If there is one thing you need to do before you start running, it’s to invest in a good pair of running shoes. If you’re going to spend a lot of time in them, you want something that you not only like but are the right shoes for your foot type.
Like anything, running shoes have a shelf life and if you are planning to put on those old running shoes you have kept in the closet for the past 20 years, you might want to re-think your plan. Science has come a long way with the development of running shoes and with all the shoe ads and reviews, it’s hard to know which pair of shoes a newbie should buy.
There are a number of variables and guidelines when selecting the most appropriate running shoe for yourself as shoes can play a major role in keeping your running strong. Here’s some insights to get you started.
First of all, a specialty running shop is a good place to try on different pairs of shoes. They can suggest which shoe type is appropriate for your foot by looking at them. For instance, there are three main foot types which are flat, neutral, and high arches. Flat feet have fallen arches which make them more flexible and prone to over-pronation. Neutral feet are the most biomechanically variety putting them somewhere in the middle. High-arched feet are the opposite of flat feet. The can lead to supination and end up being rigid.
This diagram will provide you with a good indication of what type of shoe to look for that best suits your foot.
You’re a mild to moderate over-pronator. This means the arch will collapse through the gait cycle and the foot will roll inwards severely. Most runners fall into this category.
You’re a neutral runner or an under-pronator. You have an efficient running gait and you’re likely to have a normal arch.
You’re a severe overpronator. This means the arch of your foot will collapse through the gait cycle and the foot will roll inwards severely. You are most likely to have a flat arch.
Things to Consider Before Purchasing a Shoe
Test the Shoes
You need to run in the shoes before you purchase them. Some stores provide a treadmill while others have a small running strip to run on or you can even run outside of the store. You need to ensure that the shoes properly fit the size and unique shape of your feet. It should be snug but not tight in the heel and midfoot/arch area. You should have some extra wiggle room for your toes so it shouldn’t be overly tight there. There should be no slippage in the heel and you shouldn’t have to tie your shoes tight to get a comfortable fit.
Running shoes are the one thing that I always splurge on. Think about fit first and price second. Why? If you’re strictly going on price alone, you won’t get the right fit of shoe for your foot, body type, or running form. Splurge on the shoe and go discount on the clothing if you have to. When you think about the pounding your feet take from the road, it’s comforting knowing that they are well supported by the right pair of shoes. If you’re going in on a budget, make sure that you do some research first so that you are not surprised when you see the price.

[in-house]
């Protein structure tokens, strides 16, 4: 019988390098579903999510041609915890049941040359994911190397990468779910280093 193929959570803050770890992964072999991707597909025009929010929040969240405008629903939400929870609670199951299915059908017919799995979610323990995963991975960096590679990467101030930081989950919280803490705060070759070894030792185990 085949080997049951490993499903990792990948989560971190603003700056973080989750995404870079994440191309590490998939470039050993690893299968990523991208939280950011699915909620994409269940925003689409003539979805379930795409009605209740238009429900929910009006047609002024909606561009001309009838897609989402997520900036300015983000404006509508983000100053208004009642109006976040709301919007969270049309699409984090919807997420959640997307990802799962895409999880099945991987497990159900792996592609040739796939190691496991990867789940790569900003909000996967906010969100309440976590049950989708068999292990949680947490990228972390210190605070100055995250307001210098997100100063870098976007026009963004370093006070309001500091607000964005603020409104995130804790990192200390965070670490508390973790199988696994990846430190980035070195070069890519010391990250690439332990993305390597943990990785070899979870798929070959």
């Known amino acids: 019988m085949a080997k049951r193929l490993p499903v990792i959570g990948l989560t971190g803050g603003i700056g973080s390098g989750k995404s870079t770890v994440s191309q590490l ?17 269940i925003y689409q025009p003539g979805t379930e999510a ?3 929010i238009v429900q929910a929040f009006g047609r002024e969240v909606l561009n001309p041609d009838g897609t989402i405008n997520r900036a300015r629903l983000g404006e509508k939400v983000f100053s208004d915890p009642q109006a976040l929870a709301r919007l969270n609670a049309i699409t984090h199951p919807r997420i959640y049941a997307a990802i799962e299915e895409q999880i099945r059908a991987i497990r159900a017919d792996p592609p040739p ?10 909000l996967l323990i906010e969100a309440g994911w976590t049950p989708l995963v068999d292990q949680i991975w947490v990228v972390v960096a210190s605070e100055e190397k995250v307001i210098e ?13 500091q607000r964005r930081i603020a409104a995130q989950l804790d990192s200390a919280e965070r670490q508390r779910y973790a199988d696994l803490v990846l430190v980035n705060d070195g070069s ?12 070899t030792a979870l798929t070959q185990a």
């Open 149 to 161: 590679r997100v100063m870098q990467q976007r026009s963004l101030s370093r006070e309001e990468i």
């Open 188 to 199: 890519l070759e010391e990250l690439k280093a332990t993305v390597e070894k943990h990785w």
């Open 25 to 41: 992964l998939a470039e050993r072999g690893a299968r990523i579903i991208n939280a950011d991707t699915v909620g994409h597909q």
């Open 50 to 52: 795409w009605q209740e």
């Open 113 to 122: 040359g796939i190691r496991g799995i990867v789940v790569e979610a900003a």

Be Sensible about Fashion
Some of you may be fashion conscious when you run or workout, and that’s ok, but choose the shoe for the fit, not the colour. Your shoes are going to get dirty and scuffed up from running outside and on the trails, so the colour is going to fade eventually so think about functionality.
Buy shoes for running only
This is the one pair of shoes that you should be using for running only and not for x-training workouts, running errands, or walking in. You are investing a lot of money into your shoes and the more you use them for non-running activities, the faster they will break down and lessen their performance.
Understand What “Heel-Toe Offset” Means
Science is constantly changing the way that shoes are made so runners are not only more efficient when they run but their posture becomes better. To best describe what the heel-toe offset is, basically it’s the difference in height between where the heel sits on the footbed in a show and the forefoot sits on the footbed in the shoe. Most shoes are designed to have a 12-13mm heel-toe offset, however, shoes are now being designed from anywhere between 0-11mm. Be careful of not dropping too quickly to a lower heel-toe offset as the foot will sit in a flatter position as the heel will be lower to the ground. This can cause problems in your calves and Achilles if you don’t let the foot adjust slowly.
Treat your feet well. If you’re new to running, go to a specialty running store to purchase your shoes as opposed to a general sports store. Not only will the shoes be similar in price, but you will gain more knowledge from the staff. If you use to run and are starting to take up running again, bring your old shoes with you so the staff can see what you ran in before you stopped running. Your shoes are your biggest investment when you run so if you’re on a tight budget, spend more money here and less on the clothing.
As you get more comfortable with your shoes, you will learn when it’s time to change your shoes. For the average person, they say once you reach a mileage of about 300-450 miles, it’s time to change them. Some people can last a little longer while others need to buy sooner.
I know when I buy a new pair of shoes, I feel like I’m floating on air. It’s such an amazing feeling and your feet will let you know what is best for them. It will just feel right to slip on the shoes.
Eat clean & live green!
Your Compassionate Coach,